It can be a lot of fun to work on diet plans for people.  Especially if you have a patient with compounded chronic illnesses such as renal failure coupled with diabetes.  Consider a diet for a patient like that where you have to limit the amount of protein, calcium, and potassium due to the renal failure, while at the same time dealing with the carbohydrate limitations that come from diabetes.  It can be a thinker for sure, but if you like challenges it can be a rewarding field of study.

Pockets is offline  
#5 Old 08-21-2012, 04:11 AM
Newbie
 
Lucky_Black's Avatar
 
Join Date: Apr 2010
Posts: 32

Thank you to all who have posted so far, appreciate it.

 

I spoke to another Registered Dietitian recently who works professionally in the UK. She said similar comments to the previous Registered Dietitian that I saw, that I would have to act objectively and professionally, in accordance with what the academic scientific literature says regarding human nutrition.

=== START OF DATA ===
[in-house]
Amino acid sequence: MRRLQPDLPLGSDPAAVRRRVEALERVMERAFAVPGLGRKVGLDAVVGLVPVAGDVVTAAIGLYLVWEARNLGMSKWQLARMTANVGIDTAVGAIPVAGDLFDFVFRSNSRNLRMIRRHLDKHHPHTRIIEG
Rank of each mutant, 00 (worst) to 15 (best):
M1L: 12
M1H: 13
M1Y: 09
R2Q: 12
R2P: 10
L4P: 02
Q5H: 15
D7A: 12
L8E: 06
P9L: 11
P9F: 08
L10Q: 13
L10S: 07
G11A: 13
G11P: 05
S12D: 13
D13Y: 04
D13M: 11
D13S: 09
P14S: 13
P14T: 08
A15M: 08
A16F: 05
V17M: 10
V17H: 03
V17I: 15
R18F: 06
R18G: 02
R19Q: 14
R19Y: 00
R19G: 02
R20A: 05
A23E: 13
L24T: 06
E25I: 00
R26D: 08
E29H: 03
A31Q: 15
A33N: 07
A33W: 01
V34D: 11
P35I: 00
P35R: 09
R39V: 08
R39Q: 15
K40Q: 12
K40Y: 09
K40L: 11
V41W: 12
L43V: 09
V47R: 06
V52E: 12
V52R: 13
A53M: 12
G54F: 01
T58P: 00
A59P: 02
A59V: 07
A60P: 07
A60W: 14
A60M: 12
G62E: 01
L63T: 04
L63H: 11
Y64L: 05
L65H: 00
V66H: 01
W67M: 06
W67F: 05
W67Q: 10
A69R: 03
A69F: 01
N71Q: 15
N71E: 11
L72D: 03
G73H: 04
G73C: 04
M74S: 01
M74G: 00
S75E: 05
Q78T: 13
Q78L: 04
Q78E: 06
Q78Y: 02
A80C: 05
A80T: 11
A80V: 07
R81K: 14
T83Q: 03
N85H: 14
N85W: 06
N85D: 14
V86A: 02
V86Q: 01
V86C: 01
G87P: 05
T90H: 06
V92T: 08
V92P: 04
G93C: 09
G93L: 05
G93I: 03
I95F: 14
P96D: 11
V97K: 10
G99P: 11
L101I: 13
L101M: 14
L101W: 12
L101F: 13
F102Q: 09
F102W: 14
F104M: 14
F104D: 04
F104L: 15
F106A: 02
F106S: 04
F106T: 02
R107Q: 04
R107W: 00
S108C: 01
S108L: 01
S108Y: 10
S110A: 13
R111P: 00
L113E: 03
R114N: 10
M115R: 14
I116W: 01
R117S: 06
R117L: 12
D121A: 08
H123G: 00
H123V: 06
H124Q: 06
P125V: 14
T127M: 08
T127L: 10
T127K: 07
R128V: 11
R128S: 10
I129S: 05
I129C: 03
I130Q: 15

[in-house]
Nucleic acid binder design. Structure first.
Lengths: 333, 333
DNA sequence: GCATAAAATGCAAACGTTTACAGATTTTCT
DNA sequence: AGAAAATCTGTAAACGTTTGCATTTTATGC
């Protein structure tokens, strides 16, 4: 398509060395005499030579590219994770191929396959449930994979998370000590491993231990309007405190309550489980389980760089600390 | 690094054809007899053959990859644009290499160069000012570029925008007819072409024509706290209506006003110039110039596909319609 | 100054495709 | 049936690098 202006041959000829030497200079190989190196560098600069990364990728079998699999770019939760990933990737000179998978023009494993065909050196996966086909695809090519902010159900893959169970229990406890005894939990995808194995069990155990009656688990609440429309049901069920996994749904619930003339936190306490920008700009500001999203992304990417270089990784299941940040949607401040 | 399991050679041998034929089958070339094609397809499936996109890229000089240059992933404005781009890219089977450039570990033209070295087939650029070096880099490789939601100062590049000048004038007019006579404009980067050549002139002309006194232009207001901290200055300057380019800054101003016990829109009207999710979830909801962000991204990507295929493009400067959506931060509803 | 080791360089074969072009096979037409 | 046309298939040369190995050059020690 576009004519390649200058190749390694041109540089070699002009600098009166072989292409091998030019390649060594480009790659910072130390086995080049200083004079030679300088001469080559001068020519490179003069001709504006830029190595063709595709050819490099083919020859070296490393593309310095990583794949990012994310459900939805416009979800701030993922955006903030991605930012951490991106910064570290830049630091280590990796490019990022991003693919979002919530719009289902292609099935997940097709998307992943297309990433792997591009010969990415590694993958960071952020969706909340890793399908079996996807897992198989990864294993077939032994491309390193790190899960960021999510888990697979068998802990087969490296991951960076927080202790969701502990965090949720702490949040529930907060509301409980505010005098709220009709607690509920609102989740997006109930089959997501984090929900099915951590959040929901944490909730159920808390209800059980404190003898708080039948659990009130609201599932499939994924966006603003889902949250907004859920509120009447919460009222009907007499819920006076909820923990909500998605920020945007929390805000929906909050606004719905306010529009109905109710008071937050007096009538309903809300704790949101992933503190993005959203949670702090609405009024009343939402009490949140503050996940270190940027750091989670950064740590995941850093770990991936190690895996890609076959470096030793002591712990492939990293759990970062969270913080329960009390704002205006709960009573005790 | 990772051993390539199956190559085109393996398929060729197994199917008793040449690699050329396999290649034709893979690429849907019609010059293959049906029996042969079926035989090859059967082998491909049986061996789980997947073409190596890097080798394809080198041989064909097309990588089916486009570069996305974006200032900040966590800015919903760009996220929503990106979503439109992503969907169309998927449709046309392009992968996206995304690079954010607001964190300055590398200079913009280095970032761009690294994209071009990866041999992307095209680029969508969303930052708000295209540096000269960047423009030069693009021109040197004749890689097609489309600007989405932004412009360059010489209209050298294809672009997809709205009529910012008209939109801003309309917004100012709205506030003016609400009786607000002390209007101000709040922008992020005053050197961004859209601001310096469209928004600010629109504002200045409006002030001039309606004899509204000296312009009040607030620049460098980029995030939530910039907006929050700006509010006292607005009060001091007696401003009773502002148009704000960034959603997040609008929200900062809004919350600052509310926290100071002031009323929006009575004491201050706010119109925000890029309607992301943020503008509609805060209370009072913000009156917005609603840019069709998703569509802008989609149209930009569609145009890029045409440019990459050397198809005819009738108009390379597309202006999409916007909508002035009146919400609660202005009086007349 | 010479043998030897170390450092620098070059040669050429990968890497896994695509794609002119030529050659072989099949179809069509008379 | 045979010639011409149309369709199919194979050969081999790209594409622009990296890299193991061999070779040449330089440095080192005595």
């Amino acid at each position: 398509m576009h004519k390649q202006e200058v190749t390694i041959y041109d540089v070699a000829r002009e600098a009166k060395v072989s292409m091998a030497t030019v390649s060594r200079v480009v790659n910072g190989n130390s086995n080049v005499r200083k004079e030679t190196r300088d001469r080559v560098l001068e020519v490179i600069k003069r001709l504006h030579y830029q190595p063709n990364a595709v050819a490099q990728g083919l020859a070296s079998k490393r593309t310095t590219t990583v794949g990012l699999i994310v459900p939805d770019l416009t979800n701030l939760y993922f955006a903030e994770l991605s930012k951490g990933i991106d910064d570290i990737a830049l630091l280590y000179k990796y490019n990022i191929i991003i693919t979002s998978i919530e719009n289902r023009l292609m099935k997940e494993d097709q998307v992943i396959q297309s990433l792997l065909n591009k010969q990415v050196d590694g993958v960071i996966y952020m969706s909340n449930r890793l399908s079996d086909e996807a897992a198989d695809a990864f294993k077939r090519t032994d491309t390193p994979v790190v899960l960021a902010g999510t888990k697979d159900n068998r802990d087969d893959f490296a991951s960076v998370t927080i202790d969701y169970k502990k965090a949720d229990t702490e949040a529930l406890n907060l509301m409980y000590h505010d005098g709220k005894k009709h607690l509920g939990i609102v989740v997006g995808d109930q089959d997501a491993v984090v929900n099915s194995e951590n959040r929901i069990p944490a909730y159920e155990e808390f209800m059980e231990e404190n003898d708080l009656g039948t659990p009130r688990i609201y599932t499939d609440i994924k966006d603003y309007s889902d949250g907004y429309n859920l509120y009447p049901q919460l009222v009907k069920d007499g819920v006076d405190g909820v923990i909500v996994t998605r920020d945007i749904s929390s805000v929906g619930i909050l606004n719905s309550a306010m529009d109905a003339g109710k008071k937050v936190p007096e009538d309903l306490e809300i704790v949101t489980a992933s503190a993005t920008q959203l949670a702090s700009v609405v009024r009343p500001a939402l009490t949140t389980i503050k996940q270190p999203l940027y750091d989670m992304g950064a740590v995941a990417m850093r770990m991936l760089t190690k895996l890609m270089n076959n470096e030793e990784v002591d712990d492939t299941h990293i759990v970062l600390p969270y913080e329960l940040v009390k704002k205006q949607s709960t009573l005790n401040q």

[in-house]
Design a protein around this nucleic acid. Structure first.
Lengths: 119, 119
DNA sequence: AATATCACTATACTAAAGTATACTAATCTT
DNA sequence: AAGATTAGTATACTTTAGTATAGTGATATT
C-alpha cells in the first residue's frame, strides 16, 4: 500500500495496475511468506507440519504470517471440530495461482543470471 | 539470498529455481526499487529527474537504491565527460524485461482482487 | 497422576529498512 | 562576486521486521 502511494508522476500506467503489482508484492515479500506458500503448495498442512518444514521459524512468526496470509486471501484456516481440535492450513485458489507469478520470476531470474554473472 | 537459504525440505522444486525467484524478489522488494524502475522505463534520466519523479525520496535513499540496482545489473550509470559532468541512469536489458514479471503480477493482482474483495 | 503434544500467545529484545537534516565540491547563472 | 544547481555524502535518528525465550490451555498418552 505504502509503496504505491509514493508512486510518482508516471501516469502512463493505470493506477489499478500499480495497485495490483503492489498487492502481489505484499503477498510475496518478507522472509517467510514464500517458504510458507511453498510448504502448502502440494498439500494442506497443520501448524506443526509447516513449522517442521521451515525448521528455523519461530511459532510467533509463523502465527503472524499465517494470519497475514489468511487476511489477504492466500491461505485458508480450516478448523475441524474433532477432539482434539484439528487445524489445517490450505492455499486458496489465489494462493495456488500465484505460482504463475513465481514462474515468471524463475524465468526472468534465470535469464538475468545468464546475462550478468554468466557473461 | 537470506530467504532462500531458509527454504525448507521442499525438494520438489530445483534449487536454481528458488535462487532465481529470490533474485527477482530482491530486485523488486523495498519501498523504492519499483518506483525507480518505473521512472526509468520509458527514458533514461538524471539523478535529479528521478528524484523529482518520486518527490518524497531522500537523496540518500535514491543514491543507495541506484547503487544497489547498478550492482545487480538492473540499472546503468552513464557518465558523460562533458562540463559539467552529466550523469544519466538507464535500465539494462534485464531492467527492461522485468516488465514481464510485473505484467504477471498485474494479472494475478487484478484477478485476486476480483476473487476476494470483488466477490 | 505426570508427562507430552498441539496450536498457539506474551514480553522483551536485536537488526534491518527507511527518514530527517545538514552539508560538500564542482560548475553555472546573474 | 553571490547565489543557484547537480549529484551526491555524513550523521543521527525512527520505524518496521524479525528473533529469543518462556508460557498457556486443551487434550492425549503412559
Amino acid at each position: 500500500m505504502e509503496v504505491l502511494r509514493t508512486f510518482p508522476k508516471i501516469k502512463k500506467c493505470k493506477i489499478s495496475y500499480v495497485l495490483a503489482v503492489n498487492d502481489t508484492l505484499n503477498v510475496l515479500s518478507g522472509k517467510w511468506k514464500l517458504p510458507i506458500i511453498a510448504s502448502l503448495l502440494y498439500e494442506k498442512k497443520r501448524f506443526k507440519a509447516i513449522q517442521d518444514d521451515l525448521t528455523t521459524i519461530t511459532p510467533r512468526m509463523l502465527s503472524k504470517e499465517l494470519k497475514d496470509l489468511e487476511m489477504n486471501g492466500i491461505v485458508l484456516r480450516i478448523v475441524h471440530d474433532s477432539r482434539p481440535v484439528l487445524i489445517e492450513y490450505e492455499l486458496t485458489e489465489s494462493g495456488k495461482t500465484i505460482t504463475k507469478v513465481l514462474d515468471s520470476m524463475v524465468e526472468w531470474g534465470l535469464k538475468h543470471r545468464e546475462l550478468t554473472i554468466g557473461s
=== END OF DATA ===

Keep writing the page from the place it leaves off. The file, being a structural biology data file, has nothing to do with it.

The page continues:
The current literature, according to her, says including non-vegan products (like meat and fish) into the diet is better for optimised human health that pure vegan diets. Therefore I would have to handle, cook and give (not always suggest; as some patients may have to be persuaded to eat, let alone suggested) non-vegan products like meat and fish.

 

The Registered Dietitian I spoke to said there is a focus on following the status quo, what the science literature says you should give (irrespective of the dietitians moral beliefs) and meat/fish/etc is part of the picture. After talking about it with her I think I would get fired if I didn't handle, cook/prepare and give non-vegan products (as well as vegan products) to my patients.